Why the increase? It cannot be because gun-control laws have become more lax. Before the 1968 Gun Control Act, there were almost no federal gun-control laws. The exception was the National Firearms Act of 1934, which set up an extremely severe registration and tax system for automatic weapons and has remained in force for 78 years.

Nor are magazines holding more than 10 rounds something new. They were invented decades ago and have long been standard for many handguns. Police officers carry them for the same reason that civilians do: Especially if a person is attacked by multiple assailants, there is no guarantee that a 10-round magazine will end the assault.

The 1980s were much worse than today in terms of overall violent crime, including gun homicide, but they were much better than today in terms of mass random shootings. The difference wasn't that the 1980s had tougher controls on so-called "assault weapons." No assault weapons law existed in the U.S. until California passed a ban in 1989.

Connecticut followed in 1993. None of the guns that the Newtown murderer used was an assault weapon under Connecticut law. This illustrates the uselessness of bans on so-called assault weapons, since those bans concentrate on guns' cosmetics, such as whether the gun has a bayonet lug, rather than their function.

What some people call "assault weapons" function like every other normal firearm—they fire only one bullet each time the trigger is pressed. Unlike automatics (machine guns), they do not fire continuously as long as the trigger is held. They are "semi-automatic" because they eject the empty shell case and load the next round into the firing chamber.

Today in America, most handguns are semi-automatics, as are many long guns, including the best-selling rifle today, the AR-15, the model used in the Newtown shooting. Some of these guns look like machine guns, but they do not function like machine guns.

Back in the mid-1960s, in most states, an adult could walk into a store and buy an AR-15 rifle, no questions asked. Today, firearms are the most heavily regulated consumer product in the United States. If someone wants to purchase an AR-15 or any other firearm, the store must first get permission for the sale from the FBI or its state counterpart. Permission is denied if the buyer is in one of nine categories of "prohibited persons," including felons, domestic-violence misdemeanants, and persons who have been adjudicated mentally ill or alcoholic.

Since gun controls today are far stricter than at the time when "active shooters" were rare, what can account for the increase in these shootings? One plausible answer is the media. Cable TV in the 1990s, and the Internet today, greatly magnify the instant celebrity that a mass killer can achieve. We know that many would-be mass killers obsessively study their predecessors.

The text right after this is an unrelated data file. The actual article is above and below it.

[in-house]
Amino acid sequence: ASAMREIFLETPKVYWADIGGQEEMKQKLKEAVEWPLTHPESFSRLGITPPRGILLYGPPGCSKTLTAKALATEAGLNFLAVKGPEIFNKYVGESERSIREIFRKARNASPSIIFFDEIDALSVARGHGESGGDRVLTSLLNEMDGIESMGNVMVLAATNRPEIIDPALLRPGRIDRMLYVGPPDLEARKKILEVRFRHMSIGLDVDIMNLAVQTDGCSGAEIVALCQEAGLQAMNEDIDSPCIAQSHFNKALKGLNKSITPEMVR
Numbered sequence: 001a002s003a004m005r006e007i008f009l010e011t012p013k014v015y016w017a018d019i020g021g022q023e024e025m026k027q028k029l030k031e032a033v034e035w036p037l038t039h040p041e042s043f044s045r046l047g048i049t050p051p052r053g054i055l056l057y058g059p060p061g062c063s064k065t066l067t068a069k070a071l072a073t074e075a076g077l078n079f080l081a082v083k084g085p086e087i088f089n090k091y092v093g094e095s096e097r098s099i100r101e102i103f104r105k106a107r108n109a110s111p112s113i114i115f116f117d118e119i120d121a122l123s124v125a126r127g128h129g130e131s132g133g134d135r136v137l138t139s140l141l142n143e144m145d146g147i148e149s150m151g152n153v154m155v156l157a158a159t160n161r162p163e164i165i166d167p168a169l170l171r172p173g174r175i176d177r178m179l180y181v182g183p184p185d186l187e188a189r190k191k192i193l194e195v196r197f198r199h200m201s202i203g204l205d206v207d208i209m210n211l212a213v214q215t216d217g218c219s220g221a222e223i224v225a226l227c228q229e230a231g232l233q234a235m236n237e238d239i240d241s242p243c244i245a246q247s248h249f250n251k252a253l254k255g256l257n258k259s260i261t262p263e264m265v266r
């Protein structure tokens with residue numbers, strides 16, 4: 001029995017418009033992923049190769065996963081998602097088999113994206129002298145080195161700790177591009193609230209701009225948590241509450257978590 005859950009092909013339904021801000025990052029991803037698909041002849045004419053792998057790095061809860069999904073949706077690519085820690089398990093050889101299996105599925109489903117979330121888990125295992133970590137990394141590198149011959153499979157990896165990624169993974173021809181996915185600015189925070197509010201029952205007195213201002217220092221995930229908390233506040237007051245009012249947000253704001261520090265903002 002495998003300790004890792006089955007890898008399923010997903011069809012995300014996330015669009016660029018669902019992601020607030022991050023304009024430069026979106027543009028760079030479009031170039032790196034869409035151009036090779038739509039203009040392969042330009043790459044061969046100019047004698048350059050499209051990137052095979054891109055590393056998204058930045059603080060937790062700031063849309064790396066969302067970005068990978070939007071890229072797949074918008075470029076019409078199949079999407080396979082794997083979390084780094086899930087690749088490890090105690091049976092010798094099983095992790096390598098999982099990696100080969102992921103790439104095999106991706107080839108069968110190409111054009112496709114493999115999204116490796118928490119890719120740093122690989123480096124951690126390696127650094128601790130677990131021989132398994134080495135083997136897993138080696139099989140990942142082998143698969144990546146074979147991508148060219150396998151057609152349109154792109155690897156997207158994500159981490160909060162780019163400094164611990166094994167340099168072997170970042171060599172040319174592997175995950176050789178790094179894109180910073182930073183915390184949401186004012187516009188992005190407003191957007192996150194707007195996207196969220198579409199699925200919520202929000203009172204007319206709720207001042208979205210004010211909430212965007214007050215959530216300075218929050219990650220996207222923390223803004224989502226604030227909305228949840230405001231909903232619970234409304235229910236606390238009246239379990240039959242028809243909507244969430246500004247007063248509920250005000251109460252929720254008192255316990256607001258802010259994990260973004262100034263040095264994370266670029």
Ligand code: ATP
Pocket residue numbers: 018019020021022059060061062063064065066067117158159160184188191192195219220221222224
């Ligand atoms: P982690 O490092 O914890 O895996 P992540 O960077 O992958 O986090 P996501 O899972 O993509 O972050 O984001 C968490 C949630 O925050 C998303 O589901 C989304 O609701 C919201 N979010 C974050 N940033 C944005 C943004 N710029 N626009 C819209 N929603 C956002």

Loren Coleman's 2004 book "The Copycat Effect: How the Media and Popular Culture Trigger the Mayhem in Tomorrow's Headlines" shows that the copycat effect is as old as the media itself. Johann Wolfgang von Goethe's 1774 classic "The Sorrows of Young Werther" triggered a spate of copycat suicides all over Europe. But today the velocity and pervasiveness of the media make the problem much worse.

A second explanation is the deinstitutionalization of the violently mentally ill. A 2000 New York Times study of 100 rampage murderers found that 47 were mentally ill. In the Journal of the American Academy of Psychiatry Law (2008), Jason C. Matejkowski and his co-authors reported that 16% of state prisoners who had perpetrated murders were mentally ill.

In the mid-1960s, many of the killings would have been prevented because the severely mentally ill would have been confined and cared for in a state institution. But today, while government at most every level has bloated over the past half-century, mental-health treatment has been decimated. According to a study released in July by the Treatment Advocacy Center, the number of state hospital beds in America per capita has plummeted to 1850 levels, or 14.1 beds per 100,000 people.

Moreover, a 2011 paper by Steven P. Segal at the University of California, Berkeley, "Civil Commitment Law, Mental Health Services, and U.S. Homicide Rates," found that a third of the state-to-state variation in homicide rates was attributable to the strength or weakness of involuntary civil-commitment laws.

Finally, it must be acknowledged that many of these attacks today unfortunately take place in pretend "gun-free zones," such as schools, movie theaters and shopping malls. According to Ron Borsch's study for the Force Science Research Center at Minnesota State University-Mankato, active shooters are different from the gangsters and other street toughs whom a police officer might engage in a gunfight. They are predominantly weaklings and cowards who crumble easily as soon as an armed person shows up.

The problem is that by the time the police arrive, lots of people are already dead. So when armed citizens are on the scene, many lives are saved. The media rarely mention the mass murders that were thwarted by armed citizens at the Shoney's Restaurant in Anniston, Ala. (1991), the high school in Pearl, Miss. (1997), the middle-school dance in Edinboro, Penn. (1998), and the New Life Church in Colorado Springs, Colo. (2007), among others.